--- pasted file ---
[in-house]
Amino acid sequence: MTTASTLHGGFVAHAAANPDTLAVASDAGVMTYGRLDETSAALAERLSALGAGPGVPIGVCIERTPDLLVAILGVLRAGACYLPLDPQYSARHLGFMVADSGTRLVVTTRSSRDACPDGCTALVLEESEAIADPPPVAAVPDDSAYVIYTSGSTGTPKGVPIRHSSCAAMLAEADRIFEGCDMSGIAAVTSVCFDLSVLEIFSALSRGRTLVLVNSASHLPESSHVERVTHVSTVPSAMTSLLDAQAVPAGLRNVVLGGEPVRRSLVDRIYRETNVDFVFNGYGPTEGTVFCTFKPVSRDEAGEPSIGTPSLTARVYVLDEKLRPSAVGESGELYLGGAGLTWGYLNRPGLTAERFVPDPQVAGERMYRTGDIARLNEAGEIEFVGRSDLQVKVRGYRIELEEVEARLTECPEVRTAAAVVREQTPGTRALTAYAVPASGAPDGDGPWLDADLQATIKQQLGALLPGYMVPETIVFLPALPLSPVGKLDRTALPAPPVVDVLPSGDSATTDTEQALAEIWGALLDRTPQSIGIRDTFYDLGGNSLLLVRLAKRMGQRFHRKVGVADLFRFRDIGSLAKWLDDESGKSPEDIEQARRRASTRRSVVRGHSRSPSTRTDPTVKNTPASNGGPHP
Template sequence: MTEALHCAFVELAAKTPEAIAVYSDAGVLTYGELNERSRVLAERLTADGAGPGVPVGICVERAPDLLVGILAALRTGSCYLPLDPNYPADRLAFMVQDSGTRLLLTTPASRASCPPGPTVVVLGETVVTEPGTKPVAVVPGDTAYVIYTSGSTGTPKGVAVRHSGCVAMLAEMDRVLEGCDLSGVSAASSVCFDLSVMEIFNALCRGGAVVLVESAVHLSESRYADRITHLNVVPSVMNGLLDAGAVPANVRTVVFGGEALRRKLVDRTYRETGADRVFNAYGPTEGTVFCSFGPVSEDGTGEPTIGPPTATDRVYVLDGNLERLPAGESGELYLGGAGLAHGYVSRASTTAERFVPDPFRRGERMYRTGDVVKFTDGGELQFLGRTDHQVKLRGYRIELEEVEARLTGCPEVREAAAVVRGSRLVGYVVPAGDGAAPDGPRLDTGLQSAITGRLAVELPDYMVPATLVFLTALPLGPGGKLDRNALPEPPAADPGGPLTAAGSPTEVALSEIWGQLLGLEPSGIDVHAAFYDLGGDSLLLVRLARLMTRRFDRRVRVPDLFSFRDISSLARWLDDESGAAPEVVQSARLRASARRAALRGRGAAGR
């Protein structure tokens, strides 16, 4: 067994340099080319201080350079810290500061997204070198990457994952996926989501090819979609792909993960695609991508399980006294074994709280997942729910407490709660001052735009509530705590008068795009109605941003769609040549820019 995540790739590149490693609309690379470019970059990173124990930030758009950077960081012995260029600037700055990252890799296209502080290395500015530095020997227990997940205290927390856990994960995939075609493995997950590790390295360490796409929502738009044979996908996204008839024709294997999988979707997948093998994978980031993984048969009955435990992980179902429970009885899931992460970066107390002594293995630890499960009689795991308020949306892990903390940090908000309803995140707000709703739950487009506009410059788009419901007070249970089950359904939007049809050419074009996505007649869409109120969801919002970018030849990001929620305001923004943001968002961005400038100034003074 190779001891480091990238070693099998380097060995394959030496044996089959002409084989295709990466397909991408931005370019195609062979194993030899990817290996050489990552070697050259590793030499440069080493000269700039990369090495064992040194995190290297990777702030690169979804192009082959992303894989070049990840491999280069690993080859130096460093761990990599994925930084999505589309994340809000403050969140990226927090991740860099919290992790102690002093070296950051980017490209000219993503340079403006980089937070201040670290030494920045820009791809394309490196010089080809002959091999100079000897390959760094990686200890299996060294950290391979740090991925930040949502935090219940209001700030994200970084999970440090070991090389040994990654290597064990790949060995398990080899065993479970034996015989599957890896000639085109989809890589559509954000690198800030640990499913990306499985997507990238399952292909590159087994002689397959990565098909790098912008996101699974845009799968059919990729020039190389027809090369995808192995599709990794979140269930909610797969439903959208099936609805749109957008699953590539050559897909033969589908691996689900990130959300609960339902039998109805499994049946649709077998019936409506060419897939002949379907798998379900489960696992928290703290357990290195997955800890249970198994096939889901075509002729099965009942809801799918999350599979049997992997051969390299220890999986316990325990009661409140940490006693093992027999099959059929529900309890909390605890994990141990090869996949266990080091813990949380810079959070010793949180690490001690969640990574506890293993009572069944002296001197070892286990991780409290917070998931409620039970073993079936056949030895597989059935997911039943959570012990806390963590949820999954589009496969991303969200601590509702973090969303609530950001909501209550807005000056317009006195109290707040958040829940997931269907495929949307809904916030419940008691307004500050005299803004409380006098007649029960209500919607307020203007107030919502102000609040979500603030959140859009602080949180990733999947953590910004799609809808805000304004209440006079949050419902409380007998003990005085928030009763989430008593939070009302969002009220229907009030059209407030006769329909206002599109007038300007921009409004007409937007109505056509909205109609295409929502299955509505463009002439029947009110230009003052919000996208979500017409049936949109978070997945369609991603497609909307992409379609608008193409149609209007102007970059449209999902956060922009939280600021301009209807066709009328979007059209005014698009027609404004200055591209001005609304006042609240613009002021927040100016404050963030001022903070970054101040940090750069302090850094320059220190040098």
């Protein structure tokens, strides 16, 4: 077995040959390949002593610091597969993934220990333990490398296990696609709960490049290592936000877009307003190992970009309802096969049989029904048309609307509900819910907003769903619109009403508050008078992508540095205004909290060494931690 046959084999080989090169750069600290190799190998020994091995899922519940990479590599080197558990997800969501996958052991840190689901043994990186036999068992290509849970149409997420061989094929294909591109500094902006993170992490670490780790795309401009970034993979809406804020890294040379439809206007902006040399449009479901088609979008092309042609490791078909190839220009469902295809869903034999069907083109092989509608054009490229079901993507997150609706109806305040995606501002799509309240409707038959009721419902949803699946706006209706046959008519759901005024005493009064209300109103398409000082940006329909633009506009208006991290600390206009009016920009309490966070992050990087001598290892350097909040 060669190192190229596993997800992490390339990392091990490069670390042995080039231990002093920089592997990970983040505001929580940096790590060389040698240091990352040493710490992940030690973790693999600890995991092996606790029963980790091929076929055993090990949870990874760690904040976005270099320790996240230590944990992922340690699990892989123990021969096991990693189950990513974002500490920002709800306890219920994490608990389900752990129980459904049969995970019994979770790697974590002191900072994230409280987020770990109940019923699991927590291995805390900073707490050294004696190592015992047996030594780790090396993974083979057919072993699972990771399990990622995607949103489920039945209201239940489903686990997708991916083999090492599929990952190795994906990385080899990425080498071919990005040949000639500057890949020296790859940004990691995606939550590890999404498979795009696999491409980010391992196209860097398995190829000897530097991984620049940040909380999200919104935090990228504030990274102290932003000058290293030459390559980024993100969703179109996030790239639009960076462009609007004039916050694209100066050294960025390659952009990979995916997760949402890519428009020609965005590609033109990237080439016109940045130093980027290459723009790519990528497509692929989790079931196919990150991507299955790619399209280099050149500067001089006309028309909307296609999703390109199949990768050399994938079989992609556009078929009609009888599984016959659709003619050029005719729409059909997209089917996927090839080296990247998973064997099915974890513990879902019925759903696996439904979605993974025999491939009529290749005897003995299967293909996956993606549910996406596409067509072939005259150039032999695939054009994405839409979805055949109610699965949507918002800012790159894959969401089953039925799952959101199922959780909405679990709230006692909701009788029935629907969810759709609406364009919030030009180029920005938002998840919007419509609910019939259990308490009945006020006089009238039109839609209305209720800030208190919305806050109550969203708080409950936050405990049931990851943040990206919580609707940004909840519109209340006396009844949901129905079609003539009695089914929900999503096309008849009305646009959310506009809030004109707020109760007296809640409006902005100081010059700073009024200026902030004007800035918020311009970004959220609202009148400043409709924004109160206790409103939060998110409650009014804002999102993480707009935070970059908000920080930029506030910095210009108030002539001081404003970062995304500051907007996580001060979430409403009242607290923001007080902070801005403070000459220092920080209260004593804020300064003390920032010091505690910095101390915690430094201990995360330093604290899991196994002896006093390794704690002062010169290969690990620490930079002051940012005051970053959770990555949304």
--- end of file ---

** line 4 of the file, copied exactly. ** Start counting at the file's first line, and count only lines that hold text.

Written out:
């Protein structure tokens, strides 16, 4: 067994340099080319201080350079810290500061997204070198990457994952996926989501090819979609792909993960695609991508399980006294074994709280997942729910407490709660001052735009509530705590008068795009109605941003769609040549820019 995540790739590149490693609309690379470019970059990173124990930030758009950077960081012995260029600037700055990252890799296209502080290395500015530095020997227990997940205290927390856990994960995939075609493995997950590790390295360490796409929502738009044979996908996204008839024709294997999988979707997948093998994978980031993984048969009955435990992980179902429970009885899931992460970066107390002594293995630890499960009689795991308020949306892990903390940090908000309803995140707000709703739950487009506009410059788009419901007070249970089950359904939007049809050419074009996505007649869409109120969801919002970018030849990001929620305001923004943001968002961005400038100034003074 190779001891480091990238070693099998380097060995394959030496044996089959002409084989295709990466397909991408931005370019195609062979194993030899990817290996050489990552070697050259590793030499440069080493000269700039990369090495064992040194995190290297990777702030690169979804192009082959992303894989070049990840491999280069690993080859130096460093761990990599994925930084999505589309994340809000403050969140990226927090991740860099919290992790102690002093070296950051980017490209000219993503340079403006980089937070201040670290030494920045820009791809394309490196010089080809002959091999100079000897390959760094990686200890299996060294950290391979740090991925930040949502935090219940209001700030994200970084999970440090070991090389040994990654290597064990790949060995398990080899065993479970034996015989599957890896000639085109989809890589559509954000690198800030640990499913990306499985997507990238399952292909590159087994002689397959990565098909790098912008996101699974845009799968059919990729020039190389027809090369995808192995599709990794979140269930909610797969439903959208099936609805749109957008699953590539050559897909033969589908691996689900990130959300609960339902039998109805499994049946649709077998019936409506060419897939002949379907798998379900489960696992928290703290357990290195997955800890249970198994096939889901075509002729099965009942809801799918999350599979049997992997051969390299220890999986316990325990009661409140940490006693093992027999099959059929529900309890909390605890994990141990090869996949266990080091813990949380810079959070010793949180690490001690969640990574506890293993009572069944002296001197070892286990991780409290917070998931409620039970073993079936056949030895597989059935997911039943959570012990806390963590949820999954589009496969991303969200601590509702973090969303609530950001909501209550807005000056317009006195109290707040958040829940997931269907495929949307809904916030419940008691307004500050005299803004409380006098007649029960209500919607307020203007107030919502102000609040979500603030959140859009602080949180990733999947953590910004799609809808805000304004209440006079949050419902409380007998003990005085928030009763989430008593939070009302969002009220229907009030059209407030006769329909206002599109007038300007921009409004007409937007109505056509909205109609295409929502299955509505463009002439029947009110230009003052919000996208979500017409049936949109978070997945369609991603497609909307992409379609608008193409149609209007102007970059449209999902956060922009939280600021301009209807066709009328979007059209005014698009027609404004200055591209001005609304006042609240613009002021927040100016404050963030001022903070970054101040940090750069302090850094320059220190040098």